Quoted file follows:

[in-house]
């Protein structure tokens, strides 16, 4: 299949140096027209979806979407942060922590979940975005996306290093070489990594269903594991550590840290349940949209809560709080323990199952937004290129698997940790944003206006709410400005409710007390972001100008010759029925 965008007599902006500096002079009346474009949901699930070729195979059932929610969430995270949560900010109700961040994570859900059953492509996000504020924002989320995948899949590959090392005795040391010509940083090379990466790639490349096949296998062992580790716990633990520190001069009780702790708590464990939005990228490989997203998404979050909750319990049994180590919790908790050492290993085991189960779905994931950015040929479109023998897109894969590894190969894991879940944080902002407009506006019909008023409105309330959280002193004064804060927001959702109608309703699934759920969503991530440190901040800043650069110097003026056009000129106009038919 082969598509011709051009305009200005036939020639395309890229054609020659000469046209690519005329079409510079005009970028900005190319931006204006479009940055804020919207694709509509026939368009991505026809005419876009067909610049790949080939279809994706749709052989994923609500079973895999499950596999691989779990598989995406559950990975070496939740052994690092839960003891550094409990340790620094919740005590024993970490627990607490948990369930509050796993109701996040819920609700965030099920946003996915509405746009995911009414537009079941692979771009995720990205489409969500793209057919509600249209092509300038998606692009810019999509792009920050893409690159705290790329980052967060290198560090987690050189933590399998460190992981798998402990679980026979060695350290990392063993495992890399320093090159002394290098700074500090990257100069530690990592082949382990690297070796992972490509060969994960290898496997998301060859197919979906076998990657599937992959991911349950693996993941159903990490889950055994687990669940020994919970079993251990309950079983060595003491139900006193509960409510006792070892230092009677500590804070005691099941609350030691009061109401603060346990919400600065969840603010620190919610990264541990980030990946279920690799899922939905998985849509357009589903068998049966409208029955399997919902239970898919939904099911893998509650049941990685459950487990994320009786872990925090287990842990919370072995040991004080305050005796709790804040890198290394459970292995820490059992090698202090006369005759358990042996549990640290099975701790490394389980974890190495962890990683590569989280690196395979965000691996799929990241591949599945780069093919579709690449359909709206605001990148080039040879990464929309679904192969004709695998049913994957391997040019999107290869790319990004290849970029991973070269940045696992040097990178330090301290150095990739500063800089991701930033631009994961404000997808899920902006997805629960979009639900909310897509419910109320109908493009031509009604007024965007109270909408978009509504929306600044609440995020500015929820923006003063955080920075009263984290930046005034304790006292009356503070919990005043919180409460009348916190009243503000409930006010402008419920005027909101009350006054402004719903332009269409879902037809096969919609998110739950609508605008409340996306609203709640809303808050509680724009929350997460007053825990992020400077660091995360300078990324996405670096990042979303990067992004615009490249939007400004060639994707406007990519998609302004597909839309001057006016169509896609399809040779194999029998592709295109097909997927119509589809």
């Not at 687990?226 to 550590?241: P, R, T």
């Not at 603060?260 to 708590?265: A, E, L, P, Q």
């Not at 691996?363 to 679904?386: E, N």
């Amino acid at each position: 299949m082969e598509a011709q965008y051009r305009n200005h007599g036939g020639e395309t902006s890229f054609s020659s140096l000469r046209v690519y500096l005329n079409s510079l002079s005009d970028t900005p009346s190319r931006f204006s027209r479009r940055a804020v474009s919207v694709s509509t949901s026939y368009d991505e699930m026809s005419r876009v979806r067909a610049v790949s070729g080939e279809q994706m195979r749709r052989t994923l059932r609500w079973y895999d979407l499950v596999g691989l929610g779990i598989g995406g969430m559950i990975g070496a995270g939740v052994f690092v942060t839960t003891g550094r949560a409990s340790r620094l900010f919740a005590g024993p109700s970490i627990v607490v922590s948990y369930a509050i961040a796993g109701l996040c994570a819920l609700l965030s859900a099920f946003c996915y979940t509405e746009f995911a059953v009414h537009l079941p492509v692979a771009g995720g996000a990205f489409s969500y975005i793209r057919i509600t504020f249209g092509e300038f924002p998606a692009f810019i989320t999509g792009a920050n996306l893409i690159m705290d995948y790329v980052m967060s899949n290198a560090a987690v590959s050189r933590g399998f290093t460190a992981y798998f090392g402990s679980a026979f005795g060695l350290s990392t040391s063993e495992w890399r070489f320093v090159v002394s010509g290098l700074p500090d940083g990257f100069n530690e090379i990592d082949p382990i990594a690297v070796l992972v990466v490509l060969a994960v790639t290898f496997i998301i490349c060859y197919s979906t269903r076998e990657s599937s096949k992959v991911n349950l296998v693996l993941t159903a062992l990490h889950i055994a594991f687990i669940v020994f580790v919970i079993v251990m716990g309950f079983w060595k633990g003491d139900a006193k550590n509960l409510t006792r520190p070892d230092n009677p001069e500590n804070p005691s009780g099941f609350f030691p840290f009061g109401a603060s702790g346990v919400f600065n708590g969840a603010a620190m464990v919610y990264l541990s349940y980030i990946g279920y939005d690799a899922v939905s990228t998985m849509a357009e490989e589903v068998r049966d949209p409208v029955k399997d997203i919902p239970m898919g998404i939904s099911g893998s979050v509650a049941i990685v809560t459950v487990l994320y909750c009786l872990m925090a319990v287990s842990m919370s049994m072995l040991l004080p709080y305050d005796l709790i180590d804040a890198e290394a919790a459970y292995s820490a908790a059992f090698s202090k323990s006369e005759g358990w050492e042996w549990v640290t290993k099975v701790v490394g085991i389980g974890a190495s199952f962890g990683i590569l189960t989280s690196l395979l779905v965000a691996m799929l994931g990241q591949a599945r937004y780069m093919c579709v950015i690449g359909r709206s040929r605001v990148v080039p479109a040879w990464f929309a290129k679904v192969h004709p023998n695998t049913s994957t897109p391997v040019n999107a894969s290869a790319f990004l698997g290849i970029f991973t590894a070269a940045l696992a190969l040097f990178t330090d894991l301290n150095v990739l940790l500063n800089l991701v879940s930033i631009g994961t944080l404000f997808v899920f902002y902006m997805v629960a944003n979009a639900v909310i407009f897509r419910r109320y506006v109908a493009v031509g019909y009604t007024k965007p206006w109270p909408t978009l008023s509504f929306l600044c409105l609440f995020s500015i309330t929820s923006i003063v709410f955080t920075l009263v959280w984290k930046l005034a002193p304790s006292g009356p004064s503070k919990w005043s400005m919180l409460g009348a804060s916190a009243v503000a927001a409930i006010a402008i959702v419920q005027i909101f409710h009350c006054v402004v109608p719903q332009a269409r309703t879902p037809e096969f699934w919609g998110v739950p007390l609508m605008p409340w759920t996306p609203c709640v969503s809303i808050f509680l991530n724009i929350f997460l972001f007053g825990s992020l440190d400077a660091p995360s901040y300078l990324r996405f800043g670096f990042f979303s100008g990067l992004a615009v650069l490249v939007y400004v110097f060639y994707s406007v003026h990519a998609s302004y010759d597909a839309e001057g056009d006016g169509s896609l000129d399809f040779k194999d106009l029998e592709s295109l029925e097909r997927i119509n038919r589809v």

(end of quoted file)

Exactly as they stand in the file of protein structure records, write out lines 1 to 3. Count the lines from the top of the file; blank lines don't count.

[in-house]
């Protein structure tokens, strides 16, 4: 299949140096027209979806979407942060922590979940975005996306290093070489990594269903594991550590840290349940949209809560709080323990199952937004290129698997940790944003206006709410400005409710007390972001100008010759029925 965008007599902006500096002079009346474009949901699930070729195979059932929610969430995270949560900010109700961040994570859900059953492509996000504020924002989320995948899949590959090392005795040391010509940083090379990466790639490349096949296998062992580790716990633990520190001069009780702790708590464990939005990228490989997203998404979050909750319990049994180590919790908790050492290993085991189960779905994931950015040929479109023998897109894969590894190969894991879940944080902002407009506006019909008023409105309330959280002193004064804060927001959702109608309703699934759920969503991530440190901040800043650069110097003026056009000129106009038919 082969598509011709051009305009200005036939020639395309890229054609020659000469046209690519005329079409510079005009970028900005190319931006204006479009940055804020919207694709509509026939368009991505026809005419876009067909610049790949080939279809994706749709052989994923609500079973895999499950596999691989779990598989995406559950990975070496939740052994690092839960003891550094409990340790620094919740005590024993970490627990607490948990369930509050796993109701996040819920609700965030099920946003996915509405746009995911009414537009079941692979771009995720990205489409969500793209057919509600249209092509300038998606692009810019999509792009920050893409690159705290790329980052967060290198560090987690050189933590399998460190992981798998402990679980026979060695350290990392063993495992890399320093090159002394290098700074500090990257100069530690990592082949382990690297070796992972490509060969994960290898496997998301060859197919979906076998990657599937992959991911349950693996993941159903990490889950055994687990669940020994919970079993251990309950079983060595003491139900006193509960409510006792070892230092009677500590804070005691099941609350030691009061109401603060346990919400600065969840603010620190919610990264541990980030990946279920690799899922939905998985849509357009589903068998049966409208029955399997919902239970898919939904099911893998509650049941990685459950487990994320009786872990925090287990842990919370072995040991004080305050005796709790804040890198290394459970292995820490059992090698202090006369005759358990042996549990640290099975701790490394389980974890190495962890990683590569989280690196395979965000691996799929990241591949599945780069093919579709690449359909709206605001990148080039040879990464929309679904192969004709695998049913994957391997040019999107290869790319990004290849970029991973070269940045696992040097990178330090301290150095990739500063800089991701930033631009994961404000997808899920902006997805629960979009639900909310897509419910109320109908493009031509009604007024965007109270909408978009509504929306600044609440995020500015929820923006003063955080920075009263984290930046005034304790006292009356503070919990005043919180409460009348916190009243503000409930006010402008419920005027909101009350006054402004719903332009269409879902037809096969919609998110739950609508605008409340996306609203709640809303808050509680724009929350997460007053825990992020400077660091995360300078990324996405670096990042979303990067992004615009490249939007400004060639994707406007990519998609302004597909839309001057006016169509896609399809040779194999029998592709295109097909997927119509589809």
């Not at 687990?226 to 550590?241: P, R, T």